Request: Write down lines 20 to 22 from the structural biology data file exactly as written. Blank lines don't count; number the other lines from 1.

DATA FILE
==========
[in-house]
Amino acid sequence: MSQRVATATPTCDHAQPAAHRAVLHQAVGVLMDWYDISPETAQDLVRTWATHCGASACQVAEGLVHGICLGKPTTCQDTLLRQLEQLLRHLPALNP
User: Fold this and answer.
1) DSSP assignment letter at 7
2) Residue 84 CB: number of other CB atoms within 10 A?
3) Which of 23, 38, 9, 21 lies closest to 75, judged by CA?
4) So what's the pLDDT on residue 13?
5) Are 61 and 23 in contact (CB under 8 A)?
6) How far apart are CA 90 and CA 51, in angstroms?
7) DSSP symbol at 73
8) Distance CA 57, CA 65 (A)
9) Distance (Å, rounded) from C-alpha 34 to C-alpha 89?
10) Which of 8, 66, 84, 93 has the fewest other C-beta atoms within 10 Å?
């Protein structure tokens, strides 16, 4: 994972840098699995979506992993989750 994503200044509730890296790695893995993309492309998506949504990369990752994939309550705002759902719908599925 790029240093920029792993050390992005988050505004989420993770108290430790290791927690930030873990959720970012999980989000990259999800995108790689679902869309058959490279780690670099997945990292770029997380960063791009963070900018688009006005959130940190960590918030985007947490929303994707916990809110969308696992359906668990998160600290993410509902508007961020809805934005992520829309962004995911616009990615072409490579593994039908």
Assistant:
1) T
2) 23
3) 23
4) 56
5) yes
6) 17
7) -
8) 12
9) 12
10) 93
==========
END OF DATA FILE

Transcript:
5) yes
6) 17
7) -